Turn of the century, I was 24, I had a real job, a boyfriend, an apartment downtown and most importantly my freedom.
Entry into Y2K, was at the Black Dog Freehouse, it was our go to bar. There was the Woof-Top patio, the UnderDog in the basement and the main floor knick-named the “Black Lung” since it was disgustingly smoky, always. I was working for an software company that monitored machines used in power plants and what not. So on New Year’s I was on call with a beeper until 11 pm, when I finally got the call from my boss saying, “Australia didn’t blow up so get drunk!”. I was never a good drinker so dropped ‘X’ instead, hit just before midnight so I could properly flop my body to “Disco 2000” by PULP. That was a good night.
I mentioned my freedom as a cherished part of my life that year. No, I didn’t break out of a lockup. Though there were moments growing up that I thought a life in jail would be safer than a life at home. The freedom I cherished was from living independently from my family.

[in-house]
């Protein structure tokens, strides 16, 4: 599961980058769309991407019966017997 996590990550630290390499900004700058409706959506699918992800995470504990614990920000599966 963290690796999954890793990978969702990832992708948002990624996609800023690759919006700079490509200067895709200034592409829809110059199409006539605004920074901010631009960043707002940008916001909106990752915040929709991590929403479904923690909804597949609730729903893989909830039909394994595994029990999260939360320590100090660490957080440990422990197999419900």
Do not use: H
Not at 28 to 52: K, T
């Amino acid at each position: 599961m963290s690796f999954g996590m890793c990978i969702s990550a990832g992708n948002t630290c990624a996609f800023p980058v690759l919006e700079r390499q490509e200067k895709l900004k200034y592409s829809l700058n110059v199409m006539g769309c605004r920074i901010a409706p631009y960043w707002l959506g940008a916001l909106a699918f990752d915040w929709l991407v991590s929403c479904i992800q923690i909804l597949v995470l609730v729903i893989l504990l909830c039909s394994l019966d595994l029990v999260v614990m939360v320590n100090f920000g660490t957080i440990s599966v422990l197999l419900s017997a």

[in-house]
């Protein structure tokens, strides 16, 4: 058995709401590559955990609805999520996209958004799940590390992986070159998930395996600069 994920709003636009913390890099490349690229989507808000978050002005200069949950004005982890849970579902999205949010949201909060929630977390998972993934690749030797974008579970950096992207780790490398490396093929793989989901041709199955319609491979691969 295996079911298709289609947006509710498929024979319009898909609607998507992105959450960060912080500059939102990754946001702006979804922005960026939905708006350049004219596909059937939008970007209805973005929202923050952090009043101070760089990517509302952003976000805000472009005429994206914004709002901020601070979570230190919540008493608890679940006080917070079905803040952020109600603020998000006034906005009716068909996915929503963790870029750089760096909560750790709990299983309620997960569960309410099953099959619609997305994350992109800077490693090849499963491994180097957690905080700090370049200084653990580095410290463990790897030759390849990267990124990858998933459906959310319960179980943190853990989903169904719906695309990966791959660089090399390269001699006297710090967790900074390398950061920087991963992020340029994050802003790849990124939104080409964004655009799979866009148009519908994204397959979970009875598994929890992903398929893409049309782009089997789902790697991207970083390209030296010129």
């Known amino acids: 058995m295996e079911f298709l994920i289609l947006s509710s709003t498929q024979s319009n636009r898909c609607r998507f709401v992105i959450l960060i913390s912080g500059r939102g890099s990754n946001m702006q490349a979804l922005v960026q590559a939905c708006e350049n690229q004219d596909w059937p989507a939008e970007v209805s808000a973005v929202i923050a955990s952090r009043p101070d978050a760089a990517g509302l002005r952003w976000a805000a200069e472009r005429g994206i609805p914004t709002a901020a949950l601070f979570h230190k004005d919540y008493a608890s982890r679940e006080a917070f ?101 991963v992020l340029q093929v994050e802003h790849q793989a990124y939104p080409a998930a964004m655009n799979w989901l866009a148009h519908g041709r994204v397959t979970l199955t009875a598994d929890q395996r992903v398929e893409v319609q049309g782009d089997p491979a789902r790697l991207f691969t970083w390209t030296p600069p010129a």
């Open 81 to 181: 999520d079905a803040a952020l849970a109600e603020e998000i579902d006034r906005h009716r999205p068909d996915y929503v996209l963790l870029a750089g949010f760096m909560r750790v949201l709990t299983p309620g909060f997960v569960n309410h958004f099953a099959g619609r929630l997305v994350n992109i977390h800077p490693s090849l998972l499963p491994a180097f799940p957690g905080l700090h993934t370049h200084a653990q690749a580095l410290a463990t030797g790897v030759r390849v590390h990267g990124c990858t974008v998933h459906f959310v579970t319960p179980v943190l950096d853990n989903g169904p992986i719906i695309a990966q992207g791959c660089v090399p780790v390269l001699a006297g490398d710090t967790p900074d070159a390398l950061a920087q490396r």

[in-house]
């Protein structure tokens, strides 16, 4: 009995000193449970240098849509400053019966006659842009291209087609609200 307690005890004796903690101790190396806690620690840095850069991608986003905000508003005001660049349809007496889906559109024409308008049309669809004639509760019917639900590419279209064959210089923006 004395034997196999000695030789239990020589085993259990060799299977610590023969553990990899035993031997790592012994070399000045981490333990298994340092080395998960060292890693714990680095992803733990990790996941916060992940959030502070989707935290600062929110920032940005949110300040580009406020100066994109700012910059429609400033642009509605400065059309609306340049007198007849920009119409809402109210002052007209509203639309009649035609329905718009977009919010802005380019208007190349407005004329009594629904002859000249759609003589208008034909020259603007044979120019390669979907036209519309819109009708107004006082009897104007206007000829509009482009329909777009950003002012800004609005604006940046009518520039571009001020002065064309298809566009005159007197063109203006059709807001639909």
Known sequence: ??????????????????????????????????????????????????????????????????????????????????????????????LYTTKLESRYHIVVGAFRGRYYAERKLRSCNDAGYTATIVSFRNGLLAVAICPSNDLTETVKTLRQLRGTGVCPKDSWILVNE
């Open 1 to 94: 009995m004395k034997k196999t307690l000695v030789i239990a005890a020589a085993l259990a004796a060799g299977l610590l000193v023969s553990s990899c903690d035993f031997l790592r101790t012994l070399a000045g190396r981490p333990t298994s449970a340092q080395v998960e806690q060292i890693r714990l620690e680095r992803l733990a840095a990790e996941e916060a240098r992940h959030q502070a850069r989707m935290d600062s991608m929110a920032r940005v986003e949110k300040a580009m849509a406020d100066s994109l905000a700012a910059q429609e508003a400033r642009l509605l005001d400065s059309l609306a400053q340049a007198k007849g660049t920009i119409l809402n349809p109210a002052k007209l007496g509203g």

Neither my father nor I were residing under the same roof as my brother and mother. That house was like a prison with my brother as the warden, I got out as soon as I could.
Things had been way wrong with my brother since he hit puberty, social workers chalked it up to being teenage rebellion. Sure he was a skater, visually matching to an asian triad member, but the behavior was not something “Tough Love” could fix. It was the only life I knew, but I knew it was way beyond the worse in Degrassi or 90210.
1999 was the year my brother received a genetically confirmed diagnosis on what had been plaguing him. He had Wilson’s disease, along with a liver with cirrhosis of a 60 year old alcoholic. The disease was extremely rare with very little data, his doctor’s requested the whole family undergo genetic testing. We were estranged, I was too busy partying because it was 1999, I never got tested.